Busiek is clearly having a ball in these issues. His pace is more leisurely than Thomas could ever get away with, of course - Thomas didn't write in the Age of the Inevitable Trade Paperback, but that age has now engulfed the comics market; creators tailor virtually everything they do with an eye toward the trade paperback collection that will spring up a day or two after their latest story-arc is finished. I doubt I'll ever be a complete fan of this tailoring - I've found it often erodes a writer's willingness (or ability) to engage in long-term storytelling or continuity, tends to lock them into fairly purblind six-issue cycles. But even I have to admit it's served to increase the issue-by-issue quality across the entire superhero comics spectrum; writers who are now thinking about the books their issues will soon comprise tend, I think, to do sharper and bigger work than writers who are just plugging away issue by issue, with no square-bound immortality in sight. There are exceptions of course, and Busiek has written a couple of them - but it hardly matters in this case anyway, since his heart is so clearly in the project on an issue-by-issue basis.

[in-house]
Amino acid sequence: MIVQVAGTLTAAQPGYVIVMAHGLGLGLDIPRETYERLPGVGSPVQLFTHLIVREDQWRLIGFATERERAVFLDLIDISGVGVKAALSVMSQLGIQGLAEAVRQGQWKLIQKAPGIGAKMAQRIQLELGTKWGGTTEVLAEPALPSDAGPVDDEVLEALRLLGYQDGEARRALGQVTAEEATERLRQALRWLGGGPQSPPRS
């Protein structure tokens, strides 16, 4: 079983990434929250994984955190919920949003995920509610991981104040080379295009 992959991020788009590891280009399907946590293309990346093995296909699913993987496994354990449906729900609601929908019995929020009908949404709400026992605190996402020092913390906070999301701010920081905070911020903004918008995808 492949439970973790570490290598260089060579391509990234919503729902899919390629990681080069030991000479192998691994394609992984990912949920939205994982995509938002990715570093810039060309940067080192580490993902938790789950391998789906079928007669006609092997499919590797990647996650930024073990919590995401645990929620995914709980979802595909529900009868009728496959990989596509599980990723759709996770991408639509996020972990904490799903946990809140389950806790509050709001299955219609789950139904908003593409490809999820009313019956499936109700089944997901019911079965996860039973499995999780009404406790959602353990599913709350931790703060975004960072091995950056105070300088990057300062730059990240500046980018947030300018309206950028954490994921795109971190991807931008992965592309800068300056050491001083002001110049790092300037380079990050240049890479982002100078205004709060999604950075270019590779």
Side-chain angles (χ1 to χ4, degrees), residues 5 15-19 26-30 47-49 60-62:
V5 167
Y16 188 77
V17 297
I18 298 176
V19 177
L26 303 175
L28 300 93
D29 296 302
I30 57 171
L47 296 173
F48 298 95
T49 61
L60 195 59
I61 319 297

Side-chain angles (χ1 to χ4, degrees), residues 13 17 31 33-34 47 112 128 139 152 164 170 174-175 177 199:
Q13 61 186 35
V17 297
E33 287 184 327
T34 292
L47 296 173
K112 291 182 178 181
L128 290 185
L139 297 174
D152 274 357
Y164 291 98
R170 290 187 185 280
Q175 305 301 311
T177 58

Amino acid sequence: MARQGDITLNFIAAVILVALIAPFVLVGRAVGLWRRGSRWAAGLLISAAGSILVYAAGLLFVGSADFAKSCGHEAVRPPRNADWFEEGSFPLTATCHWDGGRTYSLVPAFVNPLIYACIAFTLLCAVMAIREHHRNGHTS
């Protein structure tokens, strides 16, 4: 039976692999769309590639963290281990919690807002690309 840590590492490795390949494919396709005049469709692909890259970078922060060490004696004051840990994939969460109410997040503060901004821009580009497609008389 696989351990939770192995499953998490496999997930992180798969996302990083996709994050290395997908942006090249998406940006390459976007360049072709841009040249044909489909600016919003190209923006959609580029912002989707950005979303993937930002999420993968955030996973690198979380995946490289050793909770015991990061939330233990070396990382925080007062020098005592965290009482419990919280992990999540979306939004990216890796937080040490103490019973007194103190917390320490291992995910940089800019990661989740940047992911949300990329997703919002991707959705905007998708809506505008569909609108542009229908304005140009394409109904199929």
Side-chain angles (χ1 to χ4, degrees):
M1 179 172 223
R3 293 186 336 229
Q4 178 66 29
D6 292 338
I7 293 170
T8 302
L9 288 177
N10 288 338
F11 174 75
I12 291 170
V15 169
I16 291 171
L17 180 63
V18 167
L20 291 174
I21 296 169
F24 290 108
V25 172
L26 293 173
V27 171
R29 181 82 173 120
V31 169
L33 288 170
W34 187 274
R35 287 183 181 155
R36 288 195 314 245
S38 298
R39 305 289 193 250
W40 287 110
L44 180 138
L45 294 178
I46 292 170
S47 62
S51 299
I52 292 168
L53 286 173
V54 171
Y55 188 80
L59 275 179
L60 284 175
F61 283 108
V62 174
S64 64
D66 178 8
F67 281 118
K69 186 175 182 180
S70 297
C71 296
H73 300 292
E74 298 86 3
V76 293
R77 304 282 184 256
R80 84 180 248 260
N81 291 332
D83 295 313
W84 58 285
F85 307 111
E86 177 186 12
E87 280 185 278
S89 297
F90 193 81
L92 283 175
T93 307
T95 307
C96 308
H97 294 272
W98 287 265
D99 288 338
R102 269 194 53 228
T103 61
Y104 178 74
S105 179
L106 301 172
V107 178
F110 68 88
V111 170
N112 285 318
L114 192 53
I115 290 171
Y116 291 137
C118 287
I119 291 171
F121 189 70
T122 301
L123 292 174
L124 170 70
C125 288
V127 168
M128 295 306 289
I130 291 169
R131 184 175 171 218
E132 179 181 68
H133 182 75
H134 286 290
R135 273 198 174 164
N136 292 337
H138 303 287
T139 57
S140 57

He tackles some of the same epic stories Thomas famously did - "The Frost-Giant's Daughter" is here, as is "The Tower of the Elephant" - but in completely different ways. This Conan's smile is quicker, his temper is shorter, and, thanks to the rather bloodthirsty house standards over at Dark Horse, his sword-work is far more gruesome (Nord excels himself at decapitations). There are still beautiful women, evil sorcerers, and disgusting nightmare-creatures, and the work that's gone into differentiating them from the sprawling comics tradition that came before them is evident on every page. This is a Conan for the 21st century - post-heroic, intensely human but still fundamentally noble.
The Busiek-Nord Dark Horse Conan trade paperbacks are must-haves for any Conan fan, and their run brings us to the end of our look at Conan in the funny books - although surely not the end of the subject! Conan will certainly continue to be interpreted and re-interpreted as long as comics survive in some form or other. But it's nice to close out the subject on such a high note.
Up next: the glut of non-canonical Conan novels as our Cimmerian Stravaganza continues to count down to the new movie!